Thursday, January 15, 2009

Dignity and Pride

(steps up onto soap box)


I love hearing black comedians talk about the "African American" issue. Or even white comedians that are 'honorary black men'. For example, Ralphie May is a big ol' white dude, but when you watch his shows, his audience is probably 3/4 black.

He did a bit once where he asked how many of the audience had ever been to Africa. One guy stood up. "Oh, well kuma lei, laka lama ma tuwei (continued tribal-sounding gibberish)." He then addressed the rest of the room, saying "The rest of you is black folk!"

When young black men talk about their heritage, their peoples' suffering, it makes me sad. If half of them really had any understanding for what that all meant, they wouldn't flash it out like a business card, like an entitlement issue.

Black Americans should be proud of their history. As a group, they suffered (and still do, on a level) great injustices at the hands of caucasian Americans. They have persevered through much, stood proud and tall, worked hard to defeat their own surroundings. Stayed faithful and true to themselves in the face of great adversity.

But if I hear another teenaged punk throw around the sob story of 'what he deserves, what white people owe him' or even mentions slavery, I am going to lose it. The history of that culture is not about riding on the coattails of your ancestors. The history of that culture is not about shirking work or entitlement. But it will become their history if young black Americans don't start taking pride in their own, personal value.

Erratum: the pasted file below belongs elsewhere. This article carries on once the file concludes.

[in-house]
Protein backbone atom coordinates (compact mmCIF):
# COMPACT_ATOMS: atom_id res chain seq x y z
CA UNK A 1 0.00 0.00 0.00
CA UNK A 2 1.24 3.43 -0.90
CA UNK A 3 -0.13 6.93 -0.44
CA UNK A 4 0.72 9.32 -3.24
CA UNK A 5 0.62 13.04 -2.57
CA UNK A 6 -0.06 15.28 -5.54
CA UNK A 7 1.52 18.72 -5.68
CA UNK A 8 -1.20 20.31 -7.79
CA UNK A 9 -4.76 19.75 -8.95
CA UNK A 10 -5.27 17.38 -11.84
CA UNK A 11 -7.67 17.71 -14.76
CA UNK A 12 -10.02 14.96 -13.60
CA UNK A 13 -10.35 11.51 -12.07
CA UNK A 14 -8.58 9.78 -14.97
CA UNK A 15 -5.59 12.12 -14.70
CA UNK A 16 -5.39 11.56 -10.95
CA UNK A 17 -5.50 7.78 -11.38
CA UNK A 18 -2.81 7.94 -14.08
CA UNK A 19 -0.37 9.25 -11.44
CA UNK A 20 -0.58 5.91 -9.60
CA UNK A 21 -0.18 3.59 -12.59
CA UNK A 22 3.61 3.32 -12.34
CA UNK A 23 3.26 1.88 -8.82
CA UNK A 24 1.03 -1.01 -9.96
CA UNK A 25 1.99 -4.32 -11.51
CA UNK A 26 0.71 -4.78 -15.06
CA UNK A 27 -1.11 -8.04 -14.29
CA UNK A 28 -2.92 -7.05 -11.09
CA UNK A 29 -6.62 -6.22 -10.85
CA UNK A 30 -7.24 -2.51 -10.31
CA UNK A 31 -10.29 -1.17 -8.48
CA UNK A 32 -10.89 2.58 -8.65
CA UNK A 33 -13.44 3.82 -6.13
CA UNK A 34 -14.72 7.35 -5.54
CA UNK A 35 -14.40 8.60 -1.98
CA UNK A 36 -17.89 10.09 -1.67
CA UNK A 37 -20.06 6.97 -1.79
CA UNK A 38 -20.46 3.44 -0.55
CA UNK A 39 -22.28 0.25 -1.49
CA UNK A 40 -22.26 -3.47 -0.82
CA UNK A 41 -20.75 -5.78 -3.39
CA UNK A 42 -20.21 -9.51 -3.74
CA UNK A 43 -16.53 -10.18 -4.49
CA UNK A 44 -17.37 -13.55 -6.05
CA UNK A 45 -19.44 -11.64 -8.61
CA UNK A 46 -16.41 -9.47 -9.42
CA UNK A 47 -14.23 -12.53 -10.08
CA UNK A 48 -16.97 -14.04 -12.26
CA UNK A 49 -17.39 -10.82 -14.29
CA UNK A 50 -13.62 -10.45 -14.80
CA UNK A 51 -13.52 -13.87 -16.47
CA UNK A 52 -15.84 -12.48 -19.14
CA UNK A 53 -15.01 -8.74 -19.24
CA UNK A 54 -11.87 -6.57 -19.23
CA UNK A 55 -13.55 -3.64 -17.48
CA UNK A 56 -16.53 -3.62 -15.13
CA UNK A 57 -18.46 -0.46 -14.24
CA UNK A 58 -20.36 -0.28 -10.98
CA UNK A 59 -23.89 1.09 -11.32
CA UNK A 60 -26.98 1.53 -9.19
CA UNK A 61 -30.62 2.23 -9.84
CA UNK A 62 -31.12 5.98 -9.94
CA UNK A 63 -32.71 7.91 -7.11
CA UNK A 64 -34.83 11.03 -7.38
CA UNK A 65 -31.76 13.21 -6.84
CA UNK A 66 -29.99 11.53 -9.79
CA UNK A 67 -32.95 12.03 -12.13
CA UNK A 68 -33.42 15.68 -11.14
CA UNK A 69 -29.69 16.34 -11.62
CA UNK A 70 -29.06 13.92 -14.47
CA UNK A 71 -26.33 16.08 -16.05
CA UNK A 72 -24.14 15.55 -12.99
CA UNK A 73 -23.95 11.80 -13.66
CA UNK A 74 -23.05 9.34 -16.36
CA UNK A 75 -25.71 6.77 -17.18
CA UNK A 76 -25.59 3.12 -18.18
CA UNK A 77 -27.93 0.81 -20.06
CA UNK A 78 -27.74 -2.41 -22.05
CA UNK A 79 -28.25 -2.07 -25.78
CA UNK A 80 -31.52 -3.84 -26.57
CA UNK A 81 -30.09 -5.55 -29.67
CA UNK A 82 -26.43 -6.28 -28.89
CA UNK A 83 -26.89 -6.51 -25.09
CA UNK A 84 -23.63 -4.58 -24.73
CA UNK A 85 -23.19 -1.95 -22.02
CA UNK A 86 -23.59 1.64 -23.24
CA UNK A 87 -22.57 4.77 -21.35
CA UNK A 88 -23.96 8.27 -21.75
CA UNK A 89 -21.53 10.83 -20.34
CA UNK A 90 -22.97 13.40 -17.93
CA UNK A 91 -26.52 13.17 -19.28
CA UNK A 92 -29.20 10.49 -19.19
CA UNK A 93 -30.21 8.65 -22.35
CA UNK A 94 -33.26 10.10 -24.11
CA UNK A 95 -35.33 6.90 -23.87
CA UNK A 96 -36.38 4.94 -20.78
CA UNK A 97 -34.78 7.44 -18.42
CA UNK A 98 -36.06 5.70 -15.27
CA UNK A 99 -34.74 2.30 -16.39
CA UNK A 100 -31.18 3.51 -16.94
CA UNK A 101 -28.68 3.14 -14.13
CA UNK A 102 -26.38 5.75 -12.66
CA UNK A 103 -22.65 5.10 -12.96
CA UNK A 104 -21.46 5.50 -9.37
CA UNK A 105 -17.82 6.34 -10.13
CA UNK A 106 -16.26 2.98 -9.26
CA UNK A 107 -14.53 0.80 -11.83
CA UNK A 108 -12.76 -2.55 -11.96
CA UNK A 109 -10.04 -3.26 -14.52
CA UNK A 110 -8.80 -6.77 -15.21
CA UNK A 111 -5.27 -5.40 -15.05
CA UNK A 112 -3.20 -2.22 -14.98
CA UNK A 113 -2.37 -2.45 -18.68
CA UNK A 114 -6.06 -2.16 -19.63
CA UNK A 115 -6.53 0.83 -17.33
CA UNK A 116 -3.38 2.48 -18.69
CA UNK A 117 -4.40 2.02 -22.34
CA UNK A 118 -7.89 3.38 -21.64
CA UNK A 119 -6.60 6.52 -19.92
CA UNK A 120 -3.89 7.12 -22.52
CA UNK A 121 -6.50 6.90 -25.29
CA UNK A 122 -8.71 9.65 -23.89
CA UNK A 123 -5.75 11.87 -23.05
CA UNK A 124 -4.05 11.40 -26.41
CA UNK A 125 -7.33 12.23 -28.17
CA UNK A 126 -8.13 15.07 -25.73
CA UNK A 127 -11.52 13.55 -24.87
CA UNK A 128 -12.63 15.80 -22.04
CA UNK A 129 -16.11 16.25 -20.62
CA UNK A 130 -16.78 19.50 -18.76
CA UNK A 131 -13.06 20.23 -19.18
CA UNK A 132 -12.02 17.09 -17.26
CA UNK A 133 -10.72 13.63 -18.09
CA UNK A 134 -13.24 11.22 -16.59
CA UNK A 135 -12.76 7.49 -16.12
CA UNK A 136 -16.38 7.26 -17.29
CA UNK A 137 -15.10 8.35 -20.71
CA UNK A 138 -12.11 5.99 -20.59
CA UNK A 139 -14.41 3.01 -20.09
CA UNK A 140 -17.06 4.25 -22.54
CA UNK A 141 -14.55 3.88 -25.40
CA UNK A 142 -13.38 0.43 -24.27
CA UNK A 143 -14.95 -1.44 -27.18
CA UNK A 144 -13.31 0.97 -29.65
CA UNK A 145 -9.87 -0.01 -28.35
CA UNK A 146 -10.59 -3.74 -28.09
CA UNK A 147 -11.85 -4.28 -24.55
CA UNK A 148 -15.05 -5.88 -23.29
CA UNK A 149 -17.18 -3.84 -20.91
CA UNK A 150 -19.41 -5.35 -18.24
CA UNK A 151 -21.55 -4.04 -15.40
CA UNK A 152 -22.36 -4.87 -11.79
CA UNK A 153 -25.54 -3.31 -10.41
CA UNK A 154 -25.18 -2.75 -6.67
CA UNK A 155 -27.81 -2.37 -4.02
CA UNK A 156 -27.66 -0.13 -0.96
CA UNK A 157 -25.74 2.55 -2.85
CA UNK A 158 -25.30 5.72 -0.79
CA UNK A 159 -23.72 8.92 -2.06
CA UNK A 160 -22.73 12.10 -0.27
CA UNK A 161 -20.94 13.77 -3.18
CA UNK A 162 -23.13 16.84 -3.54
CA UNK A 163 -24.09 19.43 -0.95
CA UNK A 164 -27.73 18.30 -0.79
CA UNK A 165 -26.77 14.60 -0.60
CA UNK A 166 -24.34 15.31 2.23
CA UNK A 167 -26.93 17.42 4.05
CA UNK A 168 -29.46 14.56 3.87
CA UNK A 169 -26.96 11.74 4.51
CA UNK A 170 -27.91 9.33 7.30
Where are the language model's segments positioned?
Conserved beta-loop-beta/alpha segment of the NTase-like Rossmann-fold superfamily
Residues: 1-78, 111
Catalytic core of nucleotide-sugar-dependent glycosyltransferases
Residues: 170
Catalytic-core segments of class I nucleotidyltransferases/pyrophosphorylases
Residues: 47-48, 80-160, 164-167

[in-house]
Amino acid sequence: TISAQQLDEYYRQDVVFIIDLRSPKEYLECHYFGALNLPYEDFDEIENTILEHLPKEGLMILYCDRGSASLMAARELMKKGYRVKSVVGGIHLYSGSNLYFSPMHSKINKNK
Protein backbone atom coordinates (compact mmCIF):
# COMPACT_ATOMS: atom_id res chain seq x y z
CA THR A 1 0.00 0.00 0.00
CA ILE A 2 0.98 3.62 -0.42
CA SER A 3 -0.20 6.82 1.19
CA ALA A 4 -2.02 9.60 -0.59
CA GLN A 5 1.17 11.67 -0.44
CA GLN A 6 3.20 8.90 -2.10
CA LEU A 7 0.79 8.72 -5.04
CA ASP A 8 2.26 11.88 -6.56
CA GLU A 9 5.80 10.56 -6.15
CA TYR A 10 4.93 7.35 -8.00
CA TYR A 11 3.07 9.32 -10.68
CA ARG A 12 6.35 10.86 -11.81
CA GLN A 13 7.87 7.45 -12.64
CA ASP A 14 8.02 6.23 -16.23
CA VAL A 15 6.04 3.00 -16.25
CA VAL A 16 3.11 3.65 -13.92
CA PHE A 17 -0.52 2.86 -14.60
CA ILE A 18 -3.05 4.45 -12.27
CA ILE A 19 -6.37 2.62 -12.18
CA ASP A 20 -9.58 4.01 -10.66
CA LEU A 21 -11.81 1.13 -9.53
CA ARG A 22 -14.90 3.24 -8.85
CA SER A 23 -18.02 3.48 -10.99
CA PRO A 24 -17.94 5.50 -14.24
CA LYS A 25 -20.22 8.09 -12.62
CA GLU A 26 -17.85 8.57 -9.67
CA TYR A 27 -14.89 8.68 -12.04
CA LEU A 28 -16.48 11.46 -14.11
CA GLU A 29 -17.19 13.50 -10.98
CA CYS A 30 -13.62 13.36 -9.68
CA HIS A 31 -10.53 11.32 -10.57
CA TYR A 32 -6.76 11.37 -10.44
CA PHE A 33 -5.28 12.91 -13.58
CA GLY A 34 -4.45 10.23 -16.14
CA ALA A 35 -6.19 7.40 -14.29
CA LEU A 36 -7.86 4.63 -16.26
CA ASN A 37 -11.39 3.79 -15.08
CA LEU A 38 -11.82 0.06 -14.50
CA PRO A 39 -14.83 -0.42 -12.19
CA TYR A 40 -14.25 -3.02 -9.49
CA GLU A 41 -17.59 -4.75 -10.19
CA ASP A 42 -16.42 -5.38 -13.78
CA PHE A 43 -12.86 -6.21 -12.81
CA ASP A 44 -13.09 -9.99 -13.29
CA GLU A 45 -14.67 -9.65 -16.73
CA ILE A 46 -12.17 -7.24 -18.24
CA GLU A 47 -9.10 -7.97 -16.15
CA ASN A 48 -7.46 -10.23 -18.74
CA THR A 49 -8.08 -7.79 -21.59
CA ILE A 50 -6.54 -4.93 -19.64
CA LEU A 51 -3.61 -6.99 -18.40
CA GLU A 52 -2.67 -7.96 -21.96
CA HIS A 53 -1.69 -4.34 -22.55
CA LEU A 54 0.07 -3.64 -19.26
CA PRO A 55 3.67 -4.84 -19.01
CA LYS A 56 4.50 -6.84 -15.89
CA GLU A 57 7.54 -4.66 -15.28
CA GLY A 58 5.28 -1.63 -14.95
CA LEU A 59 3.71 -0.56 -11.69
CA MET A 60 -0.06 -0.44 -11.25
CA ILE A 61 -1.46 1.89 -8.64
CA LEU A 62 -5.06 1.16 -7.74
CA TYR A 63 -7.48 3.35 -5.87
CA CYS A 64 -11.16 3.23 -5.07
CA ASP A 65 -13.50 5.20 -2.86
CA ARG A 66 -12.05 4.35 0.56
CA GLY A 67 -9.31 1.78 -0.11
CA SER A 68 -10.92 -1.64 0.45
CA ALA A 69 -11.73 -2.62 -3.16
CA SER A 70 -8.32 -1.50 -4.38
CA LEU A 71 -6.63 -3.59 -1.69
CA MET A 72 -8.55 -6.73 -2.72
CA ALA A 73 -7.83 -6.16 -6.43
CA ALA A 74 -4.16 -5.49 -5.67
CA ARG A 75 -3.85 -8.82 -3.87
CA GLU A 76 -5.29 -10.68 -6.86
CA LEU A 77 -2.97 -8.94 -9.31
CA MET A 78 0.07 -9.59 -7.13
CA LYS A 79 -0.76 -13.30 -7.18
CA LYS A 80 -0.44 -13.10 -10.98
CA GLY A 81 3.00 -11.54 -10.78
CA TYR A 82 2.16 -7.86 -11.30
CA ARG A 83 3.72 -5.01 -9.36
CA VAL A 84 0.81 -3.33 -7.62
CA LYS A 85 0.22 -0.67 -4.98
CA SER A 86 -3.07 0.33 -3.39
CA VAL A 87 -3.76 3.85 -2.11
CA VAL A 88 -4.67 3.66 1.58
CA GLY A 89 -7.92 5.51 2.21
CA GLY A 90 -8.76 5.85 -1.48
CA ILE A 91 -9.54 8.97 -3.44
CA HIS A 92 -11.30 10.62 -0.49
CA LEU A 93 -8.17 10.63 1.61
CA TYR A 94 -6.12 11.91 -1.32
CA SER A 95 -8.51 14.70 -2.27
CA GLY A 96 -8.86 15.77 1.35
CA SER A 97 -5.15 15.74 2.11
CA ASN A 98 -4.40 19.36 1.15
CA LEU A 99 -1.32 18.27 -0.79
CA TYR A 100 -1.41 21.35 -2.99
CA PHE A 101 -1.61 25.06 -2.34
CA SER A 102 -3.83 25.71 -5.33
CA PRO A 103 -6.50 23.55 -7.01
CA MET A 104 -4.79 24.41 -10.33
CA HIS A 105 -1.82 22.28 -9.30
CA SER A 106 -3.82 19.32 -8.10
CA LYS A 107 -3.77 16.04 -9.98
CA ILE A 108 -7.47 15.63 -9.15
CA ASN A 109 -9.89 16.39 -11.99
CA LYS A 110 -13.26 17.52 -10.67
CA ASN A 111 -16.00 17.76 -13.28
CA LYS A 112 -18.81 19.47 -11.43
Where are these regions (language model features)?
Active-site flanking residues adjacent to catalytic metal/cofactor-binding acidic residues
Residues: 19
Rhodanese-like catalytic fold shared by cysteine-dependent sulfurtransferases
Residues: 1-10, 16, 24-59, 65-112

If you want to quote me the suffering of your ancestors, do so with pride. Tell me how hard they worked in the face of pain. Tell me how they sang songs to God, thanking him for each breath. Tell me how they fought for their rights, how they wouldn't stand down. Tell me that they were in jail, not because they shot someone who disrespected them, but because they refused to humiliate themselves to entertain someone. Tell me they were in the first group of Black voters ever. THAT was earned! THAT is pride! THAT is dignity!

This right here, this picture... this is nothing to be proud of.

(steps off of soap box)

1 comment:

Morgan said...

I agree, and I think this goes for everyone who thinks they can ride in on someone else's coattails (including families whose children have sullied the family name by exploiting their wealth, people who believe your race entitles you to things you yourself have not earned, and anyone who thinks that being part of a larger group means you can take what you have not built up for yourself). If you can take pride in your ancestors fighting and working for dignity, you can work for dignity. Every group of people has had to overcome oppression to get where they are. If you continue to work hard to keep up that tradition, I think you should take pride in that. If you use it as an excuse to extort money or pity or anything from others, shame on you. Respect has to be earned by the individual. Saying someone generations ago suffered and bled to give you opportunities does not entitle you to take them, but earn them. An opportunity gives you the chance to make something of yourself or earn what you have, not to demand someone else give it to you.